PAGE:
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New Drug Formulation of Ipratropium Bromide Uses Hydrofluoroalkane Propellant

RIDGEFIELD, Conn., Nov. 18 /PRNewswire/ -- Boehringer Ingelheim Pharmaceuticals, Inc. announced today that the U.S. Food and Drug Administration has approved new ATROVENT® HFA (ipratropium bromide HFA) Inhalation Aerosol indicated as a bronchodilator for maintenance treatment of bronchospasm associated with COPD (chronic obstructive pulmonary disease), including chronic bronchitis and emphysema.

ATROVENT HFA is a new drug formulation that was developed to provide COPD patients a therapeutic benefit comparable to ATROVENT (ipratropium bromide) (CFC) Inhalation Aerosol, a leading treatment for COPD.

New ATROVENT HFA is formulated with a non-chlorofluorocarbon (CFC) propellant called HFA (hydrofluoroalkane) that was developed in response to the Montreal Protocol on Substances that Deplete the Ozone Layer. The Montreal Protocol, a global agreement to protect the ozone layer, requires the removal of ozone depleting substances including CFC propellants. The agreement recognizes the special needs of the world's respiratory patients who require inhalation therapy, and the essential role of the pressurized metered-dose inhaler, and therefore grants these products an exemption until they can be replaced by non-CFC alternatives. Boehringer Ingelheim supports the Montreal Protocol and will replace the company's CFC inhalers once the replacement products are available.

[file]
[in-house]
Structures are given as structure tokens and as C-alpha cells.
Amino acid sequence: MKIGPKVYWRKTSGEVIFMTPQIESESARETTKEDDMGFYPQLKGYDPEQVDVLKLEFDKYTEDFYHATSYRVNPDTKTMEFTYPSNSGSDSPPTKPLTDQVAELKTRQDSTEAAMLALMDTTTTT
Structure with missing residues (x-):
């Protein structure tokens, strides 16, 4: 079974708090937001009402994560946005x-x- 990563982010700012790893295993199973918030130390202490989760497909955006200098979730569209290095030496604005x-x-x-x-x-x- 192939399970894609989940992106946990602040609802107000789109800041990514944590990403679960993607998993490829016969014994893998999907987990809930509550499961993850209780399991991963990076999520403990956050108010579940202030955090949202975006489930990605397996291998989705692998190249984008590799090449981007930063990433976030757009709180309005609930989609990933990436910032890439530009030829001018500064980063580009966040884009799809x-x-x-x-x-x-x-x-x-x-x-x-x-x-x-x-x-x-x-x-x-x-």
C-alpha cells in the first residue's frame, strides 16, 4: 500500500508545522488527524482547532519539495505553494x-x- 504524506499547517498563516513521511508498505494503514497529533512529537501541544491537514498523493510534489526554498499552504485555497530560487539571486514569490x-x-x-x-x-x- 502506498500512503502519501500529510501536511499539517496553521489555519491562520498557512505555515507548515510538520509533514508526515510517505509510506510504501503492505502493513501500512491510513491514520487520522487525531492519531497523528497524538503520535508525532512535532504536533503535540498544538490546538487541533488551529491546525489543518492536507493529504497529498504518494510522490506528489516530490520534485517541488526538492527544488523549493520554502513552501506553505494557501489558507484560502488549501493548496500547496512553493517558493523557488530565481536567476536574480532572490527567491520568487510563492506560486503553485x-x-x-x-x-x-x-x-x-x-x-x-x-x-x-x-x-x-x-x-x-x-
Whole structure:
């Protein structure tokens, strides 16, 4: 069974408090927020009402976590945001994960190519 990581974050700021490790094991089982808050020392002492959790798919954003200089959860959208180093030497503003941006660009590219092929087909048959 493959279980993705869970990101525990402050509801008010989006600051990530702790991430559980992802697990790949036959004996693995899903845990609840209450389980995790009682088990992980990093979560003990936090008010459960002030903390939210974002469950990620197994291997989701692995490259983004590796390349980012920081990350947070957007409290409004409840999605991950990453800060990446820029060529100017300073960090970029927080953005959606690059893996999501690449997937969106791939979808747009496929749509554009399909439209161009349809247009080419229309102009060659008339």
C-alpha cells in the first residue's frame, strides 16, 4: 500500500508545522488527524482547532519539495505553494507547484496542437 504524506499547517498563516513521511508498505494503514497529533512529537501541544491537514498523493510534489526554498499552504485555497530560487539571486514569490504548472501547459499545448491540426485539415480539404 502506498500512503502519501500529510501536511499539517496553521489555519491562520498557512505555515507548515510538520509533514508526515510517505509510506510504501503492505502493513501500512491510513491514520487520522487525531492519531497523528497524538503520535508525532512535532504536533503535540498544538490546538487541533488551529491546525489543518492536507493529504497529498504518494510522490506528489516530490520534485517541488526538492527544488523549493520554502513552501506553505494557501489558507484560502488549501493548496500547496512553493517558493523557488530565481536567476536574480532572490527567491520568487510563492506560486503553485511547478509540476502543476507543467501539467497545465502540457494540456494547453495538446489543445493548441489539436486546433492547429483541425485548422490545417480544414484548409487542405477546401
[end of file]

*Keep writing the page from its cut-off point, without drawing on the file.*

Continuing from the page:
"Boehringer Ingelheim is proud to offer patients a comparably safe and effective replacement product for ATROVENT CFC," said Steven Kesten, M.D, therapeutic director in clinical & scientific affairs for Boehringer Ingelheim Pharmaceuticals, Inc. "This approval is in keeping with our commitment to the research and development of replacements to our CFC-based inhalers."

Worldwide, Boehringer has more than 200 scientists working in 35 different laboratories and has invested more than $500 million dollars in the reformulation of its metered-dose inhaler products, including ATROVENT and COMBIVENT (ipratropium bromide and albuterol sulfate) Inhalation Aerosol.

In 2005, Boehringer Ingelheim will educate patients about new ATROVENT HFA through doctors and pharmacies, while it begins phasing out the ATROVENT (CFC) metered-dose inhalers.


A 12-week, double-blind, placebo and active-controlled trial established the comparable safety and efficacy of ATROVENT HFA to ATROVENT (CFC). The data were confirmed in a one-year randomized, open-label, parallel-group multi-center trial comparing ATROVENT HFA to ATROVENT (CFC). Both products were shown to be safe and effective with no statistically significant differences between them. Both products significantly improved lung function in patients with COPD. The most common drug-related adverse events in clinical trials with ATROVENT HFA were dry mouth (1.6%) and taste perversion (bitter taste) (0.9%).

ATROVENT HFA is contraindicated in patients with a history of hypersensitivity to ipratropium bromide or other ATROVENT HFA components and should also not be taken by patients hypersensitive to atropine or its derivatives.

ATROVENT HFA is not indicated for the initial treatment of acute episodes of bronchospasm where rapid response is required. Immediate hypersensitivity reactions may occur after administration of ipratropium bromide, as demonstrated by rare cases of urticaria, angioedema, rash, bronchospasm, anaphylaxis and oropharyngeal edema.


COPD, the fourth leading cause of death in the United States, is a respiratory disease primarily caused by smoking that is more commonly known as chronic bronchitis or emphysema. There are an estimated 24 million Americans who suffer from COPD, however only 10 million have been diagnosed with the illness and approximately six million currently are receiving therapy. Most people with COPD are at least 40 years old when they begin to notice symptoms which may include shortness of breath after exertion, chronic cough, excess mucus production and wheezing.

Source: Boehringer Ingelheim Pharmaceuticals, Inc.

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